JACKSONVILLE BEACH, Fla. - An endangered species of shark was found dead in Jacksonville Beach about two weeks ago.
A 10 foot great hammerhead shark, a protected species in Florida, and globally endangered, was found dead, washed along the shore in Jacksonville Beach.
Experts believed it likely died from the stress of being caught and released.
News4Jax spoke with shark experts about why hammerhead sharks are more susceptible to stress from being caught, even if they're put back in the water.
University of North Florida shark biology graduate student John Whalen got a picture from a friend a couple of weeks ago of a 10 foot great hammerhead shark. Whalen and other UNF researchers believe this mature female shark died as a result of stress from capture by a recreational or commercial fisher.
“There's a high mortality rate because of fishery related stress for hammerheads, something with their physiology, but as the fight time increases with the hammerhead on the line, the cortisol levels increase as well. Cortisol is a stress hormone, so when these hormones increase subsequently the shark will have a higher likelihood of dying,” Whalen said.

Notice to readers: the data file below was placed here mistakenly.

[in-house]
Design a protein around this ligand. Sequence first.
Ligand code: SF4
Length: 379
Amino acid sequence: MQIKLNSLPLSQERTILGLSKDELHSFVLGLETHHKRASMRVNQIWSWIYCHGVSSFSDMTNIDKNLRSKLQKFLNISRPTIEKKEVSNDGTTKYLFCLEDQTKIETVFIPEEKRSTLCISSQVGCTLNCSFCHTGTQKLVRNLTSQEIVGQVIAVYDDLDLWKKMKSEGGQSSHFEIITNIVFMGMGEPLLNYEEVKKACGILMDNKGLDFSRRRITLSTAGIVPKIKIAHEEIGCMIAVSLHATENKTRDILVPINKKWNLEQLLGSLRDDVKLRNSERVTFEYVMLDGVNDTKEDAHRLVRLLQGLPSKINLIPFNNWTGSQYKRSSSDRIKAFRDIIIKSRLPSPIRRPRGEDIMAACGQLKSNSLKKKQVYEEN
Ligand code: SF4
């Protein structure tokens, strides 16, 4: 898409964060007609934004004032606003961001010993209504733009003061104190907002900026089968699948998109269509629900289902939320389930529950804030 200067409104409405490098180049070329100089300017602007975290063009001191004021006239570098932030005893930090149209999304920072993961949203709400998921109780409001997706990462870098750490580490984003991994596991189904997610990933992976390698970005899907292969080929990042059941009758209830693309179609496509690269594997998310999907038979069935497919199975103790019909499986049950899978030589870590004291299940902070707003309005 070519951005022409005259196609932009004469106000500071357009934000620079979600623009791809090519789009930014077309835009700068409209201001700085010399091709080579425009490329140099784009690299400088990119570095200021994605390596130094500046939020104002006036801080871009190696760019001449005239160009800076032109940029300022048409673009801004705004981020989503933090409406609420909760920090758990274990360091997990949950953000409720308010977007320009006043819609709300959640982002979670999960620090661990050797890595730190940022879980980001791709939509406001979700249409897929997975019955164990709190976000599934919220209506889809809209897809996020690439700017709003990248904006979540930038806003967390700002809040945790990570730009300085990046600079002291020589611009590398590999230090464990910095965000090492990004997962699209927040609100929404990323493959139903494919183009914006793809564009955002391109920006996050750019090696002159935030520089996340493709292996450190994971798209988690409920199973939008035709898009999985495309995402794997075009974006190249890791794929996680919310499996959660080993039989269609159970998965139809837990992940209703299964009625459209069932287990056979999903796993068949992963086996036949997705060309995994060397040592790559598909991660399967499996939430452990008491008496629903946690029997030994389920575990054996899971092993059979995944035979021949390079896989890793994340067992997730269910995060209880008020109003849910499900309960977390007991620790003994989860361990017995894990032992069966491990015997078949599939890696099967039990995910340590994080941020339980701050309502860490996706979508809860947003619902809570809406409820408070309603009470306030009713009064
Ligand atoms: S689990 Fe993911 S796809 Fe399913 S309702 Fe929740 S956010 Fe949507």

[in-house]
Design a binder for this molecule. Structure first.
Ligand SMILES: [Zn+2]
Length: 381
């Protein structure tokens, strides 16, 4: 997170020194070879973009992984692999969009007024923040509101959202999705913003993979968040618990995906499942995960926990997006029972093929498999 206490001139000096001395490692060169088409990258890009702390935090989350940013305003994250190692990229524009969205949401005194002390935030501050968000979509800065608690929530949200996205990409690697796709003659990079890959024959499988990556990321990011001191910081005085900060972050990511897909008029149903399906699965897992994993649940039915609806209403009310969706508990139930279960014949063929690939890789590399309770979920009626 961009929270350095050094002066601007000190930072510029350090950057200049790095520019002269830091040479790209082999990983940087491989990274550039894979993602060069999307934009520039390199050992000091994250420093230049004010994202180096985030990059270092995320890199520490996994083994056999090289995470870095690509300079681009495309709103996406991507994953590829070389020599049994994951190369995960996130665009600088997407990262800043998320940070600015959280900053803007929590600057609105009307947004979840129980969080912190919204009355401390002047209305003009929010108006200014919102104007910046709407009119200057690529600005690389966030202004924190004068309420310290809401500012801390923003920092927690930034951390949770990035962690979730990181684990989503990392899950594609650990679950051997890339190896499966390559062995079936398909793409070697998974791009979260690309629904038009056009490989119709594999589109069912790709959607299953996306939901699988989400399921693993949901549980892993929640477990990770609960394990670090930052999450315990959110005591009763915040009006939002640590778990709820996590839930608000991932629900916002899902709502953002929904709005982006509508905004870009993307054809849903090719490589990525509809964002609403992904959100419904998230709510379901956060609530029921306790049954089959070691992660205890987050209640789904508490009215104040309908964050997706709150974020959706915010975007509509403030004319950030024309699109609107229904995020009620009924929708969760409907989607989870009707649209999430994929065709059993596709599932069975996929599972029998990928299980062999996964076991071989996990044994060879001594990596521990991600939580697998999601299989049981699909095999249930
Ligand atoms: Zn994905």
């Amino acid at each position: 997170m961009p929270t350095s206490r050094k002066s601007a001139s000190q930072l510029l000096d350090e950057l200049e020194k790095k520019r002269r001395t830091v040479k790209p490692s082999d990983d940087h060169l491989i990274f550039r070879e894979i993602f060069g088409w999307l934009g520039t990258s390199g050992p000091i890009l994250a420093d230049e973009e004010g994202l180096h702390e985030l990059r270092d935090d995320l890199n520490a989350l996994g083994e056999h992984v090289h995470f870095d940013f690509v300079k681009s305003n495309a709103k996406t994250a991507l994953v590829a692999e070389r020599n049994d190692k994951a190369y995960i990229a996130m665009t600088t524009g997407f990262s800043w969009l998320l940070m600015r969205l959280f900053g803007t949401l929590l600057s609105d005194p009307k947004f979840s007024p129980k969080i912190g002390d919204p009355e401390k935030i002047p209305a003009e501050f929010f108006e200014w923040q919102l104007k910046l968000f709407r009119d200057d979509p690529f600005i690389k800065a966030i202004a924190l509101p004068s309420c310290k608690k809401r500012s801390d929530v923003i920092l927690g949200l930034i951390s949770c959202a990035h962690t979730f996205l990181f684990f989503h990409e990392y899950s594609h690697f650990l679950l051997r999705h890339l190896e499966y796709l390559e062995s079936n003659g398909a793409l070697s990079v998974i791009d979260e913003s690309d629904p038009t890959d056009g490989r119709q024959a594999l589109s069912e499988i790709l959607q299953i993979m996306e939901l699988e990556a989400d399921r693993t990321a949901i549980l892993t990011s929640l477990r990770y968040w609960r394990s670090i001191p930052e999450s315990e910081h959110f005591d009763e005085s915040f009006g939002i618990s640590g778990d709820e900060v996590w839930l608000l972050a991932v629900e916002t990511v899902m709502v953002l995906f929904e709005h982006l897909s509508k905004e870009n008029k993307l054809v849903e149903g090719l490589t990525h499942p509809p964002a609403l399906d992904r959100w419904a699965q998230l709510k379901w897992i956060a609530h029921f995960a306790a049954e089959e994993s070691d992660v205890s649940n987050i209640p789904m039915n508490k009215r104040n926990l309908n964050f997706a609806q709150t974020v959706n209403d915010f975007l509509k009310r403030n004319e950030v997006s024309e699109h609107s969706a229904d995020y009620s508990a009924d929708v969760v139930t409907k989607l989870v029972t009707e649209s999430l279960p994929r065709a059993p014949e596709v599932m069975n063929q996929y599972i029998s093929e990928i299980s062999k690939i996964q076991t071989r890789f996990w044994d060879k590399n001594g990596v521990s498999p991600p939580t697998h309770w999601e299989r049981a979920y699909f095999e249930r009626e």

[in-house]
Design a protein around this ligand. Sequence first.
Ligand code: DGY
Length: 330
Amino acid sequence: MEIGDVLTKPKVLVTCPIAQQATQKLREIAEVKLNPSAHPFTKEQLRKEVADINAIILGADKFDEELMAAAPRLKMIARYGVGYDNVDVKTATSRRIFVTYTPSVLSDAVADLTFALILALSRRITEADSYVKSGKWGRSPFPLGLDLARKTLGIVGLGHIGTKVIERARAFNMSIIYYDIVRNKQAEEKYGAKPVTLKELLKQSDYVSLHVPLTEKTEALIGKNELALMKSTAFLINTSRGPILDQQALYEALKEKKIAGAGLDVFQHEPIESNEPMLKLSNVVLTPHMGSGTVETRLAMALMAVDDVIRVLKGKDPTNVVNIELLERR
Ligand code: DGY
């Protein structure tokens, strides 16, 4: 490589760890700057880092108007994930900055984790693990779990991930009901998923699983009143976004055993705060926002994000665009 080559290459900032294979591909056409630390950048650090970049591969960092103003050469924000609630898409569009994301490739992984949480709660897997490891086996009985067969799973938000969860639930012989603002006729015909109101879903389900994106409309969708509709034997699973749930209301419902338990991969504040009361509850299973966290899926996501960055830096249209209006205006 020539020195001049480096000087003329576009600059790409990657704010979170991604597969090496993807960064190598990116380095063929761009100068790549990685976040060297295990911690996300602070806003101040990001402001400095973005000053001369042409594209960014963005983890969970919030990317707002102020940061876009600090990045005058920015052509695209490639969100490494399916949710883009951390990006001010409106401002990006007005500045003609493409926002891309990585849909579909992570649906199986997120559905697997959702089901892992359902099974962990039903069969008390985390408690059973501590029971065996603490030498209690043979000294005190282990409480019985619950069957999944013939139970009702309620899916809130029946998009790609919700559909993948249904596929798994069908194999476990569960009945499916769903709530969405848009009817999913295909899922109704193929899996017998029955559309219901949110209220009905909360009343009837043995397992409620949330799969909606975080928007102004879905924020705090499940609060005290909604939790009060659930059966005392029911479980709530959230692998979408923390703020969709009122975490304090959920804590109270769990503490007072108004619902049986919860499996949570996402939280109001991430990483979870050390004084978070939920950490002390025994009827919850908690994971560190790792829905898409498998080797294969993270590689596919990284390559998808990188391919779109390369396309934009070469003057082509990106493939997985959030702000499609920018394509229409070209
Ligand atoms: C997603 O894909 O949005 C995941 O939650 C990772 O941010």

Even off of the Jacksonville Beach pier, it's not uncommon to catch a shark. Hearing the way this hammerhead shark likely died makes fishermen, like Jamie Strongosky, even more vigilant when catching and releasing a fish.
“Like any other fish, you have to revive it,” Stongosky said. “I think the only thing you can do is try to drag it into deep water and try to get it out into the open water -- kind of push it back out there to get the water circulating to the gills again.”
Many types of hammerhead sharks, including the great hammerhead, are protected in Florida, meaning if someone catches one, by law, they have to release it. Whalen's professor, Jim Gelsleichter, said fishermen can't control what they catch on their lines, but they can be more aware.
“Once they identify (the shark), they should really not be continuing the fight, so to speak,” Gelsleichter said. “They should be trying to cut the line as close to the hook as possible and release the animal while still in the water.”
The next step for UNF biologists with the 10-foot shark is to age it, which they said they can do by counting vertebral rings on its spine -- similar to counting rings on a tree. They said they may possibly use the skeleton for educational outreach.
“We took it back to our necropsy lab, and the hammerhead took up almost a whole table,” Whalen said. “We ended up dissecting, and we found a hook wound just in the corner of its mouth. It looks to be fresh, so were thinking it was probably caught recently and subsequently died after that.”
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